Thursday, May 13, 2010

Growth and Equity

Daniel Henninger's article in today's WSJ was primarily about the Republican party capitalizing on billing themselves as the We're Not Europe Party.  Whether this strategy is optimal, Henninger brings up a good point.  Faust is a character who sells his soul to the devil in exchange for a comfortable, successful life.

As mentioned in a previous blog, Greg Mankiw outlines the tradeoff between economic efficiency and economic equity.  If you want more equity, you must sacrifice efficiency.  Put simply, fairness comes at the expense of growth.  Members of the European Union have long favored equity over efficiency, and the bill must now be paid (paraphrasing Henninger, here).

A great paragraph from Henninger's article:
Barack Obama would never say it is his intention to make the U.S. go stagnant by suppressing wealth creation in return for a Faustian deal on social equity.  But his health system required an astonishing array of new taxes on growth industries.  He is raising taxes on incomes, dividends, capital gains and interest.  His energy reform requires massive taxes.  His government revels in "keeping a boot on the neck" of a struggling private firm.  Wall Street's business is being criminalized.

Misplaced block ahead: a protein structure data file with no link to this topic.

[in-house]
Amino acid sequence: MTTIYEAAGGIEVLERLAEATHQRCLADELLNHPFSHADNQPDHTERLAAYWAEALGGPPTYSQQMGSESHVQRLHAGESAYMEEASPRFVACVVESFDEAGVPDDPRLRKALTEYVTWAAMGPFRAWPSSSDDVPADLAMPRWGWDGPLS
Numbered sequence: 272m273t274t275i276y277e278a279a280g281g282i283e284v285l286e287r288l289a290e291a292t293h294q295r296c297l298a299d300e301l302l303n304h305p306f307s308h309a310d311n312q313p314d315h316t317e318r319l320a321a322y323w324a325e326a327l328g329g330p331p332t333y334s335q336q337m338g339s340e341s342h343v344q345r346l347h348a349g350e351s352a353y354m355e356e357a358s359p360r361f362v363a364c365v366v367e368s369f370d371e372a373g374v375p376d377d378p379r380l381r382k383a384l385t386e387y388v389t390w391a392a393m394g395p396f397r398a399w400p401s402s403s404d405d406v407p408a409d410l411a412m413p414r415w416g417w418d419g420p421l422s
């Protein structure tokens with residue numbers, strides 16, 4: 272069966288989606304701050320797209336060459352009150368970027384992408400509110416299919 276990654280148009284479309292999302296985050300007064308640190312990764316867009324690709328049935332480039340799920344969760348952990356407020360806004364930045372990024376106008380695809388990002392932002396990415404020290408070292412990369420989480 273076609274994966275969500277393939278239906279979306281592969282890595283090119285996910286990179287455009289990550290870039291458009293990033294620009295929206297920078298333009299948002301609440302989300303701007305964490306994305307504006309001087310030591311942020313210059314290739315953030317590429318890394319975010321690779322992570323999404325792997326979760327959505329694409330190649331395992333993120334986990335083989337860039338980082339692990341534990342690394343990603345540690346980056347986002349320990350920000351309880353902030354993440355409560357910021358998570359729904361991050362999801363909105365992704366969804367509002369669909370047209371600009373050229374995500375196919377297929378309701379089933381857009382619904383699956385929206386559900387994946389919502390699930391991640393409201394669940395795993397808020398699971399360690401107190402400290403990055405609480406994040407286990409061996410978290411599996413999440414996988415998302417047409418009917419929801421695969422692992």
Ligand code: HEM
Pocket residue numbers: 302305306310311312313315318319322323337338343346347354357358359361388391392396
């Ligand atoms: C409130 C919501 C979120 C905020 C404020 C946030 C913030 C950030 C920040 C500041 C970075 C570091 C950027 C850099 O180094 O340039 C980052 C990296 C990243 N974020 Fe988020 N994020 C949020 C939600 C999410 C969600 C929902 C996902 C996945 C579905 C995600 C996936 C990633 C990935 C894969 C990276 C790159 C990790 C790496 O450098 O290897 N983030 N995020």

I suppose one way to look at what we want our future outlook to be here in the U.S. is to ask a question.  Do we want the future rhetoric regarding U.S. economic output to sound like today's rhetoric about Europe?  Or, do we want it to sound like the rhetoric surrounding Asian growth?

I favor the latter.

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